When Elvis Presley died in 1977 at just 42 years of age, he left an estate of around a million dollars in trust for his daughter Lisa Marie, and millions of devastated fans. As trustee, his ex-wife Priscilla turned their daughter's legacy into a global phenomenon. Since then the Elvis industry has grown in unprecedented proportions, with the legend saturating every part of our lives.
Among the entire collection of animate and inanimate objects to be found on this planet and even perhaps beyond, it's tricky to find anything that hasn't felt the influence of Elvis in some way1. All well and good living on 'planet Elvis' if you are a fan - but what if you hate everything Elvis-related, isn't there any escape? Won't even Death do you part?
The Posthumous Star
Since the death of Elvis, fans have refused to let his legend die. Not only did he have a posthumous number one hit record immediately after his demise, thanks to clever marketing the hits have kept on coming. Every one of his original hit singles, at the rate of about two a year, has been re-released, and all have charted. Then of course, there are the compilation love-song-type albums and collaborations with other stars eager to jump on the tearjerker band wagon.
There are statistics for the highest-earning dead celebrities, would you believe. Since 1977, Elvis has been in the top five, and consistently hit the number one spot (of course). From 2001 to 2005 he was top earner; his estate managed to rake in $42million in 2005, only to be knocked into second spot in 2006 by Kurt Cobain.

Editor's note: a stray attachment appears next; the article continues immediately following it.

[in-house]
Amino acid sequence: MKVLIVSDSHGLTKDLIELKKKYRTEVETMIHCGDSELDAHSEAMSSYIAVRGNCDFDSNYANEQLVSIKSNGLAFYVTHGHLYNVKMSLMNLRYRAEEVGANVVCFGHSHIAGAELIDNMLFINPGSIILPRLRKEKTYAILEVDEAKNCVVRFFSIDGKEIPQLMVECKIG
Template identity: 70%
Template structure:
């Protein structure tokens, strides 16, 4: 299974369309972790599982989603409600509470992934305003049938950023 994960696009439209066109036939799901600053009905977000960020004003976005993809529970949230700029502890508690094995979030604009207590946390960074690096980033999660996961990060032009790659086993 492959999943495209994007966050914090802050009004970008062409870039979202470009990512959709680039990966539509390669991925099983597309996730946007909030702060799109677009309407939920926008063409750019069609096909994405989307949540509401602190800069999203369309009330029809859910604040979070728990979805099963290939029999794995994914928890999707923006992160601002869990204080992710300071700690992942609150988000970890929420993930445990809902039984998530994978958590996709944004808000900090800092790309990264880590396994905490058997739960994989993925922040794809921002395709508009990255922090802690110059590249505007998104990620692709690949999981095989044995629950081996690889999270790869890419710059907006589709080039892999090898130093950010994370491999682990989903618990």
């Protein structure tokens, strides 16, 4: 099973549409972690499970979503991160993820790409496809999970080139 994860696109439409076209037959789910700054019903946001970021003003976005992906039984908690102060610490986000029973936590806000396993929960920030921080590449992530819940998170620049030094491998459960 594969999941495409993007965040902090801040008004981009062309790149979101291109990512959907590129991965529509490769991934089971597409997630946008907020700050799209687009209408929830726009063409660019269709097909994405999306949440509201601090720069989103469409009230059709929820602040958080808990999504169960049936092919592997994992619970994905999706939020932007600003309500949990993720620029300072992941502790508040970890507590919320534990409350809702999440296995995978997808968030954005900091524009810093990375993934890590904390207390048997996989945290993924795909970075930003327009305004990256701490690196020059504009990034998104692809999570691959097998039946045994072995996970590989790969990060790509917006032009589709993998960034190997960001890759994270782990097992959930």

Thanks to advancing technology, a 'duet' was performed by Elvis and his adult daughter, who was just nine years old when he died. 'Don't Cry Daddy' with Lisa Marie singing live with papa up on the big screen either tugs at your heartstrings or makes your flesh crawl, depending on your point of view.
While there are perhaps a few who remain unconvinced of his death, it was finally accepted by many when Lisa Marie announced she would marry Michael Jackson and Elvis did not appear in order to stop her, as any father would have!
The non-Elvis fan (nEf)
There are people who don't like Elvis2, who would never dream of booking a holiday to incorporate a tour of Graceland. If you think about it, you have to feel some sympathy, because there really isn't much they can do to escape the continual Elvis bombardment. Interstellar travel is a long way off and even then there's no guarantee there'll be no Elvis fans with shrines dedicated to their hero on some distant world - and how could there not be, given the constant stream of radio waves spinning Elvis out to them from the Earth?
Consider just how many Elvis-experiences the nEf might be exposed to during the course of a normal afternoon, starting with the trip from school. At the appointed hour the driver may well turn on Radio 2 to hear Steve Wright's regular 'Ask Elvis' spot, where anyone, even the person sitting next to the trapped nEf, can phone in and ask 'Elvis' questions they've always wanted to know the answer to, like: 'Why are there no brown cars?'
Family weddings should be happy occasions, and, sometimes, they pass off quite smoothly. However, if a family member decides he or she wants to be married in Las Vegas by Elvis, there really is no escape. From the live feed during the ceremony with its seemingly endless subsequent replays to the eventual (extortionately-priced) photographs put up everywhere you look, the only option for the nEf would be to leave the family home and never visit again.
So, perhaps taking in an evening show will soothe those nerves rubbed raw from Elvis-exposure. Best not buy tickets to Joseph and the Amazing Technicolour Dreamcoat unless you want to see the amazing Elvis-Pharaoh.
Elvis on the News